You are not permitted to download, save or email this image. Visit image gallery to purchase the image.
Invercargill man Brian Cowie, five weeks ago hardly able to drag himself through the day, is eating, walking and exercising.
Dave Griffin, of Dunedin, who had his treatment in June, can now mow his lawns and potter in his garden.
They are among an estimated 20 New Zealanders who have travelled to the United States at their own expense for the treatment- an injection of a drug called Etanercept which, for an estimated 70% of patients, stimulates traumatised cells in their brains back into action.
Brenda Griffin said the treatment affected wellbeing as well as physical symptoms.
''When I first met Brian he had the same look Dave had before his treatment - a `stunned mullet' face and dead eyes. Now their eyes are bright and their faces are alive.''
The Griffins and Mr Cowie and his partner, Jo Parnham, are joining forces with some of the other New Zealanders whose lives have been dramatically improved by the treatment.
They are lobbying politicians, researchers and the Ministry of Health seeking approval for Etanercept to be administered to stroke sufferers in this country.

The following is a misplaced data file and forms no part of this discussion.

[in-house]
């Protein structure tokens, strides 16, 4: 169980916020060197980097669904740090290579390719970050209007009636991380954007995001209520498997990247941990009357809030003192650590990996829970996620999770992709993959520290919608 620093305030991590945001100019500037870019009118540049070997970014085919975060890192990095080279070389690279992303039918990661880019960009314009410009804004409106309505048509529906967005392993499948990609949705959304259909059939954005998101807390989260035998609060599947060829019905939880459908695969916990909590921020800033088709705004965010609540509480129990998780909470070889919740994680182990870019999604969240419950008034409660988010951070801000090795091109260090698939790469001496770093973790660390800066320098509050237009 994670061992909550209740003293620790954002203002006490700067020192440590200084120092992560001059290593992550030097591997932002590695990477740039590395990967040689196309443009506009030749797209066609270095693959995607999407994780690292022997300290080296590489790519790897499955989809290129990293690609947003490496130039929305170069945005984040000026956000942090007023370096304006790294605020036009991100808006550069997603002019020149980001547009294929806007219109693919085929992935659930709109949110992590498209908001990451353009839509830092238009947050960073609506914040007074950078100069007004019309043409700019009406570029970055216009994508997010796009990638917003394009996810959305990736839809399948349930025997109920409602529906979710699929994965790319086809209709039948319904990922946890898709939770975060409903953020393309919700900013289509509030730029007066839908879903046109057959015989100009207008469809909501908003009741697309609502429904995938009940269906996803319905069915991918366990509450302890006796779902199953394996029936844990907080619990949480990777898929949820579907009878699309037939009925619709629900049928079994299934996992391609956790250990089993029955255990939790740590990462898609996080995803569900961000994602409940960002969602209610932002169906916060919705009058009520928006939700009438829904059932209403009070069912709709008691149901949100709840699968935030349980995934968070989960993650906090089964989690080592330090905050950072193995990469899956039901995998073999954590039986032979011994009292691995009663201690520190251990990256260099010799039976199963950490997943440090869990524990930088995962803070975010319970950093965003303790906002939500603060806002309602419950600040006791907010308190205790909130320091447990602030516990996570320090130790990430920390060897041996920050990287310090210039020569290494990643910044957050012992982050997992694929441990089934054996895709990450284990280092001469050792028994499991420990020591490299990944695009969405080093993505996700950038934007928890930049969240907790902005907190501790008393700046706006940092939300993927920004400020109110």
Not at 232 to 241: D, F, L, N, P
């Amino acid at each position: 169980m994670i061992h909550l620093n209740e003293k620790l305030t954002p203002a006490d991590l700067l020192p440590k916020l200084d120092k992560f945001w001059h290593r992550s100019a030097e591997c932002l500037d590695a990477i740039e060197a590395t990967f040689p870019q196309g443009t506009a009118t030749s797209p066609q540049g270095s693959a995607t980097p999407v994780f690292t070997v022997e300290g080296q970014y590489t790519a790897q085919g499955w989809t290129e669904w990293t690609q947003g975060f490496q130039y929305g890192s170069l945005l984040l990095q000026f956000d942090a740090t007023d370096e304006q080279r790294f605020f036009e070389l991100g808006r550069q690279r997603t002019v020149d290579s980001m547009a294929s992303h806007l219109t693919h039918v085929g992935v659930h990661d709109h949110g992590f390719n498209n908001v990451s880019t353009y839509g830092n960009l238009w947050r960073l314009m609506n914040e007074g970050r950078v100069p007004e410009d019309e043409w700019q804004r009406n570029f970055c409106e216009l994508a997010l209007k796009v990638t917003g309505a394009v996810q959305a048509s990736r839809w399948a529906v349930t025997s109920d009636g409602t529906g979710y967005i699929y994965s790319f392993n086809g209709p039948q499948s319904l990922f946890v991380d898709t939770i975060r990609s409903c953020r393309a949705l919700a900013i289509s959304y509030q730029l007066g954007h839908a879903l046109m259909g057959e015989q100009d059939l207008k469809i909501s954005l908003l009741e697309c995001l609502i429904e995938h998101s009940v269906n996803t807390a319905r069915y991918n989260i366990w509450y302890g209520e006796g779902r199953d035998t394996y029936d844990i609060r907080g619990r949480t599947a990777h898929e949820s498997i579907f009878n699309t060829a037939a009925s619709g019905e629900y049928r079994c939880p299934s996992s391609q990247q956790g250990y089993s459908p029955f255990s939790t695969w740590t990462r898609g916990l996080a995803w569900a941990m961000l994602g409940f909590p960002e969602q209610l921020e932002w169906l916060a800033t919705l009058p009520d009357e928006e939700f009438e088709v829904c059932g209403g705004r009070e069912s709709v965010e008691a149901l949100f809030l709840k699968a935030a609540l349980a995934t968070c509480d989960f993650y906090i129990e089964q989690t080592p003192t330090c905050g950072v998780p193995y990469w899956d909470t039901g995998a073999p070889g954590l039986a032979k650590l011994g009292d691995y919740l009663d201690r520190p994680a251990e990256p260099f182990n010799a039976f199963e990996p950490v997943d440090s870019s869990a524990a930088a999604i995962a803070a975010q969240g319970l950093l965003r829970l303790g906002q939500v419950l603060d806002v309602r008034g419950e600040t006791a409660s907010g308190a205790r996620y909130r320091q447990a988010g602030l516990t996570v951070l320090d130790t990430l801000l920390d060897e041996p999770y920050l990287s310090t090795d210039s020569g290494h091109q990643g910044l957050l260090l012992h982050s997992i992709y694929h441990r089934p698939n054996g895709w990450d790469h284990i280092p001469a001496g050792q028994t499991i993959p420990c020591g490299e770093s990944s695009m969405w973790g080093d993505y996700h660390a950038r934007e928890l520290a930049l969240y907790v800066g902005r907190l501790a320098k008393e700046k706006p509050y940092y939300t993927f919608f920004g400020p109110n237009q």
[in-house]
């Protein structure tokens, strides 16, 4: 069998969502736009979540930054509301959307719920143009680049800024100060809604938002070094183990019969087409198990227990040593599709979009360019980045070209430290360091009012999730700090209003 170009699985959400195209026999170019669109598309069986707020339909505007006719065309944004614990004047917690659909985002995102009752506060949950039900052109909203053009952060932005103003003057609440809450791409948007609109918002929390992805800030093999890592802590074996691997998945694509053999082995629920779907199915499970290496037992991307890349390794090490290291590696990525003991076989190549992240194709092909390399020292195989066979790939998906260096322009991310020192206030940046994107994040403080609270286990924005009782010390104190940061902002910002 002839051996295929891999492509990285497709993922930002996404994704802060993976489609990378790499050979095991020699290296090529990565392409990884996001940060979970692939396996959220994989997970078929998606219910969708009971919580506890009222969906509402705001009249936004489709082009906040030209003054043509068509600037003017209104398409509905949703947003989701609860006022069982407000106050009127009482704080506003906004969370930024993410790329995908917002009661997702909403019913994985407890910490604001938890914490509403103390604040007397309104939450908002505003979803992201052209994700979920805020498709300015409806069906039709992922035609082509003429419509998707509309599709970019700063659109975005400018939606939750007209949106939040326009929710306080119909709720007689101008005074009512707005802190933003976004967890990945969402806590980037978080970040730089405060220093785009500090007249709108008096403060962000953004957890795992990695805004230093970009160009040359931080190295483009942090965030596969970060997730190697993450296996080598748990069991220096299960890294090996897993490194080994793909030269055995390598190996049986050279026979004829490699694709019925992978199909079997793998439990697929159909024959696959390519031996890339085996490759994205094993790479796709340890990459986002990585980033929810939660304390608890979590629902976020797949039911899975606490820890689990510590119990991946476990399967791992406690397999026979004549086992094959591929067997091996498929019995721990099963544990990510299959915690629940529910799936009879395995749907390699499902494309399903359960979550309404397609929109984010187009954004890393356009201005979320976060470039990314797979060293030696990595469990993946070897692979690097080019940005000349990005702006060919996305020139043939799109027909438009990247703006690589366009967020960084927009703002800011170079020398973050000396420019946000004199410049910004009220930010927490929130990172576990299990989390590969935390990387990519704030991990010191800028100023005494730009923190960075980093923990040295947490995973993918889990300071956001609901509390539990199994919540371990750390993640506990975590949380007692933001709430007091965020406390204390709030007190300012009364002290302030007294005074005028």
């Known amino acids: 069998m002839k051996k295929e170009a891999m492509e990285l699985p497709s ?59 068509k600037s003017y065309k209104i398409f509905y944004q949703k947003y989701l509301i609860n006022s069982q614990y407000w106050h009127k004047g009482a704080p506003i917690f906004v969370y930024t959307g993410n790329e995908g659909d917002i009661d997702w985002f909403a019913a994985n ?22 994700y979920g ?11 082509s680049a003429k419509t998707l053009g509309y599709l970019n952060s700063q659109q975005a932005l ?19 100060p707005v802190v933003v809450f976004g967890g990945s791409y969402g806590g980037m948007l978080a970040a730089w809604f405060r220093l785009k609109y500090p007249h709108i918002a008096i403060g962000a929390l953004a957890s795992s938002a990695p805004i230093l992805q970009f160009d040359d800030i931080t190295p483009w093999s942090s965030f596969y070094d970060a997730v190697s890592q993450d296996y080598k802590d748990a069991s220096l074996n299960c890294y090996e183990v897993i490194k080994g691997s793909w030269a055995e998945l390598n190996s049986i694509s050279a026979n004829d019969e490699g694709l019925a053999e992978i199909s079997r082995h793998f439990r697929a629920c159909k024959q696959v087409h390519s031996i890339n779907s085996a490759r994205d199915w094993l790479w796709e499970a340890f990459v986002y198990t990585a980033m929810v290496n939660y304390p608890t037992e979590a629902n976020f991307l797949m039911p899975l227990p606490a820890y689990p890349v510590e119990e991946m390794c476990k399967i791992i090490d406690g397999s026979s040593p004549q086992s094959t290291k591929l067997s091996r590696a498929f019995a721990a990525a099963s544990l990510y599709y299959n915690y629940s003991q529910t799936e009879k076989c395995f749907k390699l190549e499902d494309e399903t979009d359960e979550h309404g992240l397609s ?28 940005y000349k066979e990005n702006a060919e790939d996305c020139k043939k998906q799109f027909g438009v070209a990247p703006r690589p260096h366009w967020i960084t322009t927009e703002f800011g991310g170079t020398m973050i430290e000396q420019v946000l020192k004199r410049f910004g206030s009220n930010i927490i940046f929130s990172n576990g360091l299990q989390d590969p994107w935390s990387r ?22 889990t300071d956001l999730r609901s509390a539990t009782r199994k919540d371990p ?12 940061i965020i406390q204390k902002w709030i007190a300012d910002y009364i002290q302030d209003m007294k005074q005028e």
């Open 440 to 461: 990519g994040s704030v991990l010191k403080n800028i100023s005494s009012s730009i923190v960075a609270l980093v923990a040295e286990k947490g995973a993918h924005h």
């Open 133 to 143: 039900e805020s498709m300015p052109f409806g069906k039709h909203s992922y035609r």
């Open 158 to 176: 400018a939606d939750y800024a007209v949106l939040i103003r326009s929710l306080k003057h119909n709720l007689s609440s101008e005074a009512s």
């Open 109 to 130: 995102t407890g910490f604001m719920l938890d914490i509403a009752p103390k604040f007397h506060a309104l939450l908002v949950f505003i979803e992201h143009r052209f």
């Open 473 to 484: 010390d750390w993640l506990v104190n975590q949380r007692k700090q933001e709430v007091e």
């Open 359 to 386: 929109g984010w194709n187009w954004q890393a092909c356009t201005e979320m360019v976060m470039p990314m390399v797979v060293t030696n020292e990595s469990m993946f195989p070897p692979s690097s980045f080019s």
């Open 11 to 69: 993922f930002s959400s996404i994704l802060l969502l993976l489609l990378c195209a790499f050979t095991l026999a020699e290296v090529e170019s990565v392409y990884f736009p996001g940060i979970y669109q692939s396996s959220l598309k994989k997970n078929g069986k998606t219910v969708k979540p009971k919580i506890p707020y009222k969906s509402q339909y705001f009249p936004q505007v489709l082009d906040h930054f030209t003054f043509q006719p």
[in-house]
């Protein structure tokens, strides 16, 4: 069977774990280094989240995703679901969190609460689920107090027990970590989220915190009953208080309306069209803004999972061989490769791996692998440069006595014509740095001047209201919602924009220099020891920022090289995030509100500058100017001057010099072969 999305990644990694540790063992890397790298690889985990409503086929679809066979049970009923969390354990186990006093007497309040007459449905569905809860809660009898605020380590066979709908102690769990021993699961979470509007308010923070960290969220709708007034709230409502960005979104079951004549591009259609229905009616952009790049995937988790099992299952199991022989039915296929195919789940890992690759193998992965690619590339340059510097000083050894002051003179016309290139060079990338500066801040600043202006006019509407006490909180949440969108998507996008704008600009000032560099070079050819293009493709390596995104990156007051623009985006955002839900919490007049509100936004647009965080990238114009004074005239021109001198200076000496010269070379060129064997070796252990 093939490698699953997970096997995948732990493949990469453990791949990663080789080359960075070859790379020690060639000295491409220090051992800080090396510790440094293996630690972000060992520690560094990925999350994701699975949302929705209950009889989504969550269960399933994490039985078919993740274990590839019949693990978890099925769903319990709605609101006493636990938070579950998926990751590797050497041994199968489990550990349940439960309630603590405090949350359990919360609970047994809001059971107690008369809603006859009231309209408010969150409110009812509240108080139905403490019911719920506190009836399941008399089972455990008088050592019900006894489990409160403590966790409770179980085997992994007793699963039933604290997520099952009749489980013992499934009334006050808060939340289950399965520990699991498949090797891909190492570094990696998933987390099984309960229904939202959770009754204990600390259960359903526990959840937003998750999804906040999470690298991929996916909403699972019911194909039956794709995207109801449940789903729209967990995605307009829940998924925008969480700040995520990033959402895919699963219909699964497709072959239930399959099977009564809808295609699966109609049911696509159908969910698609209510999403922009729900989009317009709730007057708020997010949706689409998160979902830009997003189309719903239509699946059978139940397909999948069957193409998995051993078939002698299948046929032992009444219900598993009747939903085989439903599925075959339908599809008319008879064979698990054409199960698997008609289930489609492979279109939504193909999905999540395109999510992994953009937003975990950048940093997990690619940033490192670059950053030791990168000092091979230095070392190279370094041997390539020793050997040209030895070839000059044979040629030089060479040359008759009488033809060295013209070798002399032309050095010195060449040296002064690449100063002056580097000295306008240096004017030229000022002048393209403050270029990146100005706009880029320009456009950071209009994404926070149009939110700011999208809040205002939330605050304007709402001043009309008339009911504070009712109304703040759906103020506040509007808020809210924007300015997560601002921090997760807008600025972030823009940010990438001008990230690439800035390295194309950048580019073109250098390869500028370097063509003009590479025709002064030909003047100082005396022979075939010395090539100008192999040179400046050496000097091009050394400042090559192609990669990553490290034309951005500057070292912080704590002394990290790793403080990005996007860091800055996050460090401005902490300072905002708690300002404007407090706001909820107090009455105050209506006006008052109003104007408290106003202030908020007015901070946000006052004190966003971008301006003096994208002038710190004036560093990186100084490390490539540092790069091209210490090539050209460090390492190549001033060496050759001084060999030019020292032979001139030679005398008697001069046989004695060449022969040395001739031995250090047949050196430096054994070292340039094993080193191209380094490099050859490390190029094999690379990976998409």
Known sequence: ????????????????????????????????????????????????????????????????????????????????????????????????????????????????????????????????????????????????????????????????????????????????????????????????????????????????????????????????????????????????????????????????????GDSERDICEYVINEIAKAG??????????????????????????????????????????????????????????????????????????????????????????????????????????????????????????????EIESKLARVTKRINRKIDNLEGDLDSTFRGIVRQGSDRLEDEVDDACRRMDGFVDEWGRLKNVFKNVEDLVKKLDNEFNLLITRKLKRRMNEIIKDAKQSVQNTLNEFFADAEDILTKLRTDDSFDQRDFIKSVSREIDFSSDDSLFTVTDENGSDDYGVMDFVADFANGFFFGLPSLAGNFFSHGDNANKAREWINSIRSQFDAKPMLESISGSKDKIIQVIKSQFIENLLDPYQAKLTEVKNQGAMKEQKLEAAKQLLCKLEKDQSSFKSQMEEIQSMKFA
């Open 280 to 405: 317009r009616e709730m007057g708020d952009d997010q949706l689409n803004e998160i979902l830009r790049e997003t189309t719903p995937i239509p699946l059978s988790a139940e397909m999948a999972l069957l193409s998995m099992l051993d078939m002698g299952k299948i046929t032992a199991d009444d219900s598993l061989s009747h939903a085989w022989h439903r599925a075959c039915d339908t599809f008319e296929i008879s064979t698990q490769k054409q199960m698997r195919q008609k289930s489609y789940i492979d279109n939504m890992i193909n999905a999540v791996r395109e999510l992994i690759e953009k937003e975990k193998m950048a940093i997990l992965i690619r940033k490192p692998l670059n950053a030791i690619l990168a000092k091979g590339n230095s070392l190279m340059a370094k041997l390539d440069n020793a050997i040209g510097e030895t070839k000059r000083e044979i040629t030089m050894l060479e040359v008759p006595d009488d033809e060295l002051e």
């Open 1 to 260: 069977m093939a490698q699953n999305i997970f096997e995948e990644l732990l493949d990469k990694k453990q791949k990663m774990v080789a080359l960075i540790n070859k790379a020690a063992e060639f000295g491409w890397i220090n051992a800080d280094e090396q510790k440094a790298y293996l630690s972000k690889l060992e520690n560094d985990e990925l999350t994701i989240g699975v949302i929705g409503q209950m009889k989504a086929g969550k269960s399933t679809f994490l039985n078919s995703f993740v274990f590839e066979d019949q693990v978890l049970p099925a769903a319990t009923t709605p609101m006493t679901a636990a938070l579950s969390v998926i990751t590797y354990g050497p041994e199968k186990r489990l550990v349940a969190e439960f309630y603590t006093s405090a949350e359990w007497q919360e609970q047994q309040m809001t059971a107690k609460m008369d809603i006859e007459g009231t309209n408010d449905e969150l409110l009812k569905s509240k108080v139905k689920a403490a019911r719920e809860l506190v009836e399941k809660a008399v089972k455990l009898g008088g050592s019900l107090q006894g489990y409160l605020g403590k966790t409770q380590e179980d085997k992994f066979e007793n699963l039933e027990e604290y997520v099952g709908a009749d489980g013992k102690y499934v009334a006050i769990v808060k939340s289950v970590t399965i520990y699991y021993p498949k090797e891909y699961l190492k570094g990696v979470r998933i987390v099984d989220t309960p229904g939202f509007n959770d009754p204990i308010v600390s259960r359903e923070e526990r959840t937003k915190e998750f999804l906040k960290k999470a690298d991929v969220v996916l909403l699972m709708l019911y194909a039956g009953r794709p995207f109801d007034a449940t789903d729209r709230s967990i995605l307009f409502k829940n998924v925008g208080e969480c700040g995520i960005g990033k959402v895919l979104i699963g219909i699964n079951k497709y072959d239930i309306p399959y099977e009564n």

Ms Parnham said Etanercept was already approved for use here as an anti-inflammatory drug for people with rhumatoid arthritis and was being used in many countries to help reduce the effects of Alzheimer's, but she said this required ongoing injections.
''We want to understand from the medical people what the resistance is, because that's something we really can't get our heads around ... We know it has worked for us,'' she said.
Mrs Griffin said she had written to the Stroke Foundation, the Neurological Foundation and the Brain Health Research centres in Auckland and Dunedin, outlining her husband's improvement on Etanercept and asking them to consider allowing the treatment to be carried out in New Zealand.
She has also invited medical professionals to speak to those who travelled to Los Angeles.
Mrs Griffin said she agreed with Ms Parnham there was resistance from the medical profession to the drug being used as treatment for strokes, something she said was probably because no clinical trials had yet been carried out.
Associate Prof Steve Kerr of the Department of Pharmacology and Toxicology at the University of Otago said care needed to be taken by people seeking treatment with methods or drugs not scientifically validated.
Validation proves the drugs and methods were safe as well as ruling out the placebo effect or the impact of outside factors.
Prof Kerr said the confidence from undergoing treatment, travelling to another country and intensive nursing could make ill people feel better for a period, and independent research and study took account of those effects on patients and treatment.